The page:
"As seen on TV"
04 April 2012
About two years ago, the ASA rejected a complaint
about an ad for a vibrating footrest described as having been “... seen on TV”. Because the advertiser provided invoices for advertising space bought on various channels, the ASA considered the claim was unlikely to mislead.
But in March, the ASA revised its interpretation of the claim and raised the bar. It no longer considered it acceptable for marketers to base the claim merely on paid-for advertising. The case that precipitated this change
related to a number of ads that claimed that the product had not only been seen on TV, but also in publications such as the national press and House Beautiful.
The ASA considered that using the product as an unbranded and unidentified prop in a homes make-over programme did not justify a claim that it had been ‘seen on TV’. Nor did it consider that the broadcast advertising of the product justified the claim. And in all but one publication, the ASA considered the advertiser had not justified the claims that the product had been seen in the Telegraph, Observer, Mail on Sunday, the Daily Mail or the Sunday Times.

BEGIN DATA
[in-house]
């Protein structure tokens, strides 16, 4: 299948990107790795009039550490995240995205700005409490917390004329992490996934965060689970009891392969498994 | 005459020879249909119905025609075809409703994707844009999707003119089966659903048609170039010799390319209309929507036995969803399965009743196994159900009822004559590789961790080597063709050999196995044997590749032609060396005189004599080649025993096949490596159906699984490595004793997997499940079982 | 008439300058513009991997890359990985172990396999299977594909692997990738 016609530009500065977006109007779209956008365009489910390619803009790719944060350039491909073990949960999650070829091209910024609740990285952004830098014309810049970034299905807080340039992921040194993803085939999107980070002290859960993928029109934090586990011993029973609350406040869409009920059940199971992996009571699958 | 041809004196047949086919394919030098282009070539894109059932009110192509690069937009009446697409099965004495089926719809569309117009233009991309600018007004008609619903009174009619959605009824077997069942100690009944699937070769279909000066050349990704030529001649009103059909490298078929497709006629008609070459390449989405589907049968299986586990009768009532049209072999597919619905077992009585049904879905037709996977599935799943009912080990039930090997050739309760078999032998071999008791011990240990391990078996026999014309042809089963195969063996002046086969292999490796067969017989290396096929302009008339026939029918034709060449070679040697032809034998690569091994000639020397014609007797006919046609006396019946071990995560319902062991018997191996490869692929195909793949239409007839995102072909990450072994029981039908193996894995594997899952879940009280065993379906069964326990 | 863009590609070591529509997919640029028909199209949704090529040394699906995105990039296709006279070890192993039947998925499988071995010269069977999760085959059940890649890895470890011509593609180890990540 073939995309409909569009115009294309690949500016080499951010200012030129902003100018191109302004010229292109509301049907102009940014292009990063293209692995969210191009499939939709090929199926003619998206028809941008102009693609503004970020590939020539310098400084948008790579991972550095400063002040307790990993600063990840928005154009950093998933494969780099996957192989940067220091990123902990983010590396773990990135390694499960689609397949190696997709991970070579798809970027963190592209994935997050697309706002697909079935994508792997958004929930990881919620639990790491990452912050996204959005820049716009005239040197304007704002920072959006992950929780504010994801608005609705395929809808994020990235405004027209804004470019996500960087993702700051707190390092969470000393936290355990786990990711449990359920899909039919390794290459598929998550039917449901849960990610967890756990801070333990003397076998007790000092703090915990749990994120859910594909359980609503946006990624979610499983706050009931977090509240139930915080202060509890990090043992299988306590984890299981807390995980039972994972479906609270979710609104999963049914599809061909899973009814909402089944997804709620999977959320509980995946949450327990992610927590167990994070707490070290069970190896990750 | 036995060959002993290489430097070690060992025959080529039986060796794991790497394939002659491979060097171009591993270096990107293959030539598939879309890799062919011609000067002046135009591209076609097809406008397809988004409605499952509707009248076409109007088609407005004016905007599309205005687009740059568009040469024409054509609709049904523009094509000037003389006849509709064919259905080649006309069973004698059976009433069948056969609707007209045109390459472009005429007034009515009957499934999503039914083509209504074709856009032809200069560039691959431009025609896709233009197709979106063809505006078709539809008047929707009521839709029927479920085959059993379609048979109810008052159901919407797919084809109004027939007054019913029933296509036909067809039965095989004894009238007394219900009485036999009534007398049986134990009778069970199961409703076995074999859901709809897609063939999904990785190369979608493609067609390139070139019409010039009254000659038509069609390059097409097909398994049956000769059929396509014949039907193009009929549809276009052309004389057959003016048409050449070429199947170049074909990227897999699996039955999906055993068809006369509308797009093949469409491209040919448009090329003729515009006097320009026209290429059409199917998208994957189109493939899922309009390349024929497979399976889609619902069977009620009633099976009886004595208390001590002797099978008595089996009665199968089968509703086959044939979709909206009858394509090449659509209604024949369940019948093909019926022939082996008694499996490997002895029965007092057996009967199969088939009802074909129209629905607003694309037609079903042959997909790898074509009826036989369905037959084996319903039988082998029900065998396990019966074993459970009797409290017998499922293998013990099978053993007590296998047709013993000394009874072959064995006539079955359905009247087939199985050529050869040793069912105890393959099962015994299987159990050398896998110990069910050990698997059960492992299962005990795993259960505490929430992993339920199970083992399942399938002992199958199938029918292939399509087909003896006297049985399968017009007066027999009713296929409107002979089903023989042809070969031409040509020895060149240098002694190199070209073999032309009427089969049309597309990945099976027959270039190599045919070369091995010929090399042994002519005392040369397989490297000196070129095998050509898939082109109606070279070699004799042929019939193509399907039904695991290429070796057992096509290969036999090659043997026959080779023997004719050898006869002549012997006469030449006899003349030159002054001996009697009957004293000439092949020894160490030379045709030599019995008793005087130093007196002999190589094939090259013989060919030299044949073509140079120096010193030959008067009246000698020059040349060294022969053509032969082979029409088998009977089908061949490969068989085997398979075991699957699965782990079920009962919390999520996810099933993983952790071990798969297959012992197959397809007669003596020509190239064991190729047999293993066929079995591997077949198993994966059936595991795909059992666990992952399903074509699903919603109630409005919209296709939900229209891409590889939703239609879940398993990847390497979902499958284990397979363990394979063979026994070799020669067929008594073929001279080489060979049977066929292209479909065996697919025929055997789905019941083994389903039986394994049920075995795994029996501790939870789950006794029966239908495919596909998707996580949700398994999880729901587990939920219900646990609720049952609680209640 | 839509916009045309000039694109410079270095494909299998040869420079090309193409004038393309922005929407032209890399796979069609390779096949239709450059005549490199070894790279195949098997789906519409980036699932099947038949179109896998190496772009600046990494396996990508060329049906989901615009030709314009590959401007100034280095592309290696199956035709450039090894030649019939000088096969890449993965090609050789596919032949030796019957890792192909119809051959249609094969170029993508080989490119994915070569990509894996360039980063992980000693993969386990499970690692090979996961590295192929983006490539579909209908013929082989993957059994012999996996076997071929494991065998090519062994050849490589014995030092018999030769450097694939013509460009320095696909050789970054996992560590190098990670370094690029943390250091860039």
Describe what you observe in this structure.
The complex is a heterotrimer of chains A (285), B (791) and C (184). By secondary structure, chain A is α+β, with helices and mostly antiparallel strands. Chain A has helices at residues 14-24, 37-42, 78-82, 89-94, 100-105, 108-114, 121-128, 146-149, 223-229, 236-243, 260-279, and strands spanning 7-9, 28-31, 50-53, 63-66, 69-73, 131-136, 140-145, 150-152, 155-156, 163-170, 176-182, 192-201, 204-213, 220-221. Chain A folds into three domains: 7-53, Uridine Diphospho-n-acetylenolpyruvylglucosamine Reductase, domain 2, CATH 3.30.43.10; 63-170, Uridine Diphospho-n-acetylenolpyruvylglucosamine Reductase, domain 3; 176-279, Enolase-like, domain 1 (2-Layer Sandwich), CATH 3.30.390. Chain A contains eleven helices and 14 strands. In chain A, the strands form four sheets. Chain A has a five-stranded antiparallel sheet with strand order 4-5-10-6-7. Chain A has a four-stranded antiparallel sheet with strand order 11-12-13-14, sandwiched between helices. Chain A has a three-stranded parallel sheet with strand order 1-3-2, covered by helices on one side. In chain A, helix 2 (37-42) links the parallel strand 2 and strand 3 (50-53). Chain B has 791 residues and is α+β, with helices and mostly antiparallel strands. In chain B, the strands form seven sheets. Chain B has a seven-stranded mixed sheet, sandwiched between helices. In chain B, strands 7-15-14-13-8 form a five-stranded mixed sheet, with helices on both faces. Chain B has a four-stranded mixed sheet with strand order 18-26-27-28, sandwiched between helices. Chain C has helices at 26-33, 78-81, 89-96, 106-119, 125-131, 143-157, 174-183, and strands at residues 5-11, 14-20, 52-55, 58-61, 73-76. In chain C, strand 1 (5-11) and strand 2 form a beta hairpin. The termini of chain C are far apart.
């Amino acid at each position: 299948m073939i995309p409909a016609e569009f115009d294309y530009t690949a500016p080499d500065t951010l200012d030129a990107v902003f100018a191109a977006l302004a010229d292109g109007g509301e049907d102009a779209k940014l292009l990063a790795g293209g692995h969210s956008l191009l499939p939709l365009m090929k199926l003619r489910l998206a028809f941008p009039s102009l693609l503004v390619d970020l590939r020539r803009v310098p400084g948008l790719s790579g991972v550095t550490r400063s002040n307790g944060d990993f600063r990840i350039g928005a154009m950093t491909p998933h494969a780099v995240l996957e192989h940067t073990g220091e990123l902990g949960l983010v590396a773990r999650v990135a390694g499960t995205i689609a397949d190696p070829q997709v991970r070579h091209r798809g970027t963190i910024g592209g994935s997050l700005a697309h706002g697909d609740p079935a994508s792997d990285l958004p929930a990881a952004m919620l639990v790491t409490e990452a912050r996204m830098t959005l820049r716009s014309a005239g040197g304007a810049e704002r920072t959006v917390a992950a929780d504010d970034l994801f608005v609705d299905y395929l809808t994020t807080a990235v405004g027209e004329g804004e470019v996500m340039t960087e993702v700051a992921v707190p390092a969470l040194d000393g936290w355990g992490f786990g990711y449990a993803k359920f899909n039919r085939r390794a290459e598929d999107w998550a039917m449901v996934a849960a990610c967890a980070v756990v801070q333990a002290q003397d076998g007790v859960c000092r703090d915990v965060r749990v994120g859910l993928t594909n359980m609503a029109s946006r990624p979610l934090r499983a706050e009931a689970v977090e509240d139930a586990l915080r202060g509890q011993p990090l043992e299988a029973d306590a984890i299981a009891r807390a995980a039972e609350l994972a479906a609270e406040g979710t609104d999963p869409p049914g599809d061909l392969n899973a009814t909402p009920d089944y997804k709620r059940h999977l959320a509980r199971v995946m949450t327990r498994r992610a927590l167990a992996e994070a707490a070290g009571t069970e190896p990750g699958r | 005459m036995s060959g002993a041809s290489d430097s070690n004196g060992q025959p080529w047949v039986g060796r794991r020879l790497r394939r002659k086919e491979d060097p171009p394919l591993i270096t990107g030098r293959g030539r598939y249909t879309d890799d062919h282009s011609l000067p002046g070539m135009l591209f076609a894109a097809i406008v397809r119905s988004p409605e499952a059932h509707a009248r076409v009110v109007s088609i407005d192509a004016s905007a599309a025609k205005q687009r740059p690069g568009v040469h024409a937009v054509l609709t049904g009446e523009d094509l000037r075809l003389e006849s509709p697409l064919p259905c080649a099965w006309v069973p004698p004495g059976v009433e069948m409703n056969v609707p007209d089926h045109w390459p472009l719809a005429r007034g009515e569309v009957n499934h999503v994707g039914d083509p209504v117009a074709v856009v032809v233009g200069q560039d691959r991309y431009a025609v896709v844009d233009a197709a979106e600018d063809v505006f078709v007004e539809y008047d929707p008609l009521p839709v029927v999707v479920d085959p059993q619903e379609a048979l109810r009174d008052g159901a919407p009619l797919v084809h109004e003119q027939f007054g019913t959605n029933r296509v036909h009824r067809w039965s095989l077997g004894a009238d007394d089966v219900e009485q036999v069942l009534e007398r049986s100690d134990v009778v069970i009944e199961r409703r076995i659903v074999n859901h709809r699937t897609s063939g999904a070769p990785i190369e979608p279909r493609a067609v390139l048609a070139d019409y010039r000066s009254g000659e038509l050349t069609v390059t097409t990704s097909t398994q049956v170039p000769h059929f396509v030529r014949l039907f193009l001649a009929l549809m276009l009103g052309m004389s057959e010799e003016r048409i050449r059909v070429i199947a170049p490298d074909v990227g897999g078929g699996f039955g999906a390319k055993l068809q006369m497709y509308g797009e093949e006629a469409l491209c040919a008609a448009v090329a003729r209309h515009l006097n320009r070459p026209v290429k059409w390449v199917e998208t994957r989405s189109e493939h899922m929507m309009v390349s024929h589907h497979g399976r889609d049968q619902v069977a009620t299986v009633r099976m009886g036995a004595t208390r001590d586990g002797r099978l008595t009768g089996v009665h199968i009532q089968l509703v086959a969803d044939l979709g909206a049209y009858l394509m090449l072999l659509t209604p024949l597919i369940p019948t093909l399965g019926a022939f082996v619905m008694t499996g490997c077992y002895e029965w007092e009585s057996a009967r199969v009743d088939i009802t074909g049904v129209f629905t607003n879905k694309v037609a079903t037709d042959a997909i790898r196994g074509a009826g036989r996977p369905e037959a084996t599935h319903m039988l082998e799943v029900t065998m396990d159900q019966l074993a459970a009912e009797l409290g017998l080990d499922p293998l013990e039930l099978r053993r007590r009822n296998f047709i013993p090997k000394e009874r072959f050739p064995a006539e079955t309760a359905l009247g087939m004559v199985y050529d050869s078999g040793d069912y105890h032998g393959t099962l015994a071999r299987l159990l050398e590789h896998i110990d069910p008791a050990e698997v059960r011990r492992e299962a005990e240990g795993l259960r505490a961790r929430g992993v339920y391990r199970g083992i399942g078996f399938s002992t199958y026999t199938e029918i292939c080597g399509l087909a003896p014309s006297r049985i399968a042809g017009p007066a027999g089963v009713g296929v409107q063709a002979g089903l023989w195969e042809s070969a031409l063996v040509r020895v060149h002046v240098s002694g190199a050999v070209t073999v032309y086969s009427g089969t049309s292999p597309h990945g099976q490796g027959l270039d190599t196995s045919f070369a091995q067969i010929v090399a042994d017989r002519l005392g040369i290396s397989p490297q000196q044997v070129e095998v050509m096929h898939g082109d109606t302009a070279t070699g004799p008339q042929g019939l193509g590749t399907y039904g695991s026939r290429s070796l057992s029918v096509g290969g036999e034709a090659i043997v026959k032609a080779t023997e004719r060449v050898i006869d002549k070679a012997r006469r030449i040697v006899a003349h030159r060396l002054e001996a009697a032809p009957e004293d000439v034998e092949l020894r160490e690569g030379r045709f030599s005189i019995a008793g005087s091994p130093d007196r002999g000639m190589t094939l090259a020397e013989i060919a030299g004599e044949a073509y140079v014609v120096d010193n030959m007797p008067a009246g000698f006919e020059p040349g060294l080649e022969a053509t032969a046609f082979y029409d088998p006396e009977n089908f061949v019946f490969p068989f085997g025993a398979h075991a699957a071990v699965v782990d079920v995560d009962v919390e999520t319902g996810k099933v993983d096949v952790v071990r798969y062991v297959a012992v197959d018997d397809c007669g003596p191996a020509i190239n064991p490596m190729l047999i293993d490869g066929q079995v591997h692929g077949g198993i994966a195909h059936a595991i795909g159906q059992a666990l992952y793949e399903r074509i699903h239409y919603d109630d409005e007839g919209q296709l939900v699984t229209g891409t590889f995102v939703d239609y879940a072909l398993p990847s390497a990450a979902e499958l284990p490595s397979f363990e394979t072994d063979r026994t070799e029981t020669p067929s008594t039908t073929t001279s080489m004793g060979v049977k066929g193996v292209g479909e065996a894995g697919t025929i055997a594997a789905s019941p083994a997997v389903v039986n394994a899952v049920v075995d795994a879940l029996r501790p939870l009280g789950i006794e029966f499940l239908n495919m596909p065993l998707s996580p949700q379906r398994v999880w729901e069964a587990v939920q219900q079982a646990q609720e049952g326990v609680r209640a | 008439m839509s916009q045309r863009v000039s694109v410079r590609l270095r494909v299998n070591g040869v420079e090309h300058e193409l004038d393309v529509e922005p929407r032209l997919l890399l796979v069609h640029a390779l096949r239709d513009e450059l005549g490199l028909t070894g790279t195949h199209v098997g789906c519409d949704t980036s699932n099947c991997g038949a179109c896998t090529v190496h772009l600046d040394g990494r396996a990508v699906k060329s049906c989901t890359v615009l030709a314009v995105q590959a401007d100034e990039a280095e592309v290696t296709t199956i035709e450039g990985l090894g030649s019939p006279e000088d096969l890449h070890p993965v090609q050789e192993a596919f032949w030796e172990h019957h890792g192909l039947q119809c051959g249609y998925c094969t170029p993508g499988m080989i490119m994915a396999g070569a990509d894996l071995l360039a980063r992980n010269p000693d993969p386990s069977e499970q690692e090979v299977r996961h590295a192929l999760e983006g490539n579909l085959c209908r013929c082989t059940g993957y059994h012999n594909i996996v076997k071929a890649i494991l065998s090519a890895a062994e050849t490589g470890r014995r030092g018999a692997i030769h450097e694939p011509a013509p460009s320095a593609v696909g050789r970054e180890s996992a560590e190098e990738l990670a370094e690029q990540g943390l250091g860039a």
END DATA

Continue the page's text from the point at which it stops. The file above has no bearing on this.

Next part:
Why did the ASA reach this conclusion? It considered that because consumers were likely to infer from the claim that those publications or programmes had exercised some form of editorial evaluation, endorsement or independent review – when this was not the case – the claim could mislead.
So marketers wishing to make such claims about the coverage of their products should change them to “As advertised in...” or similar.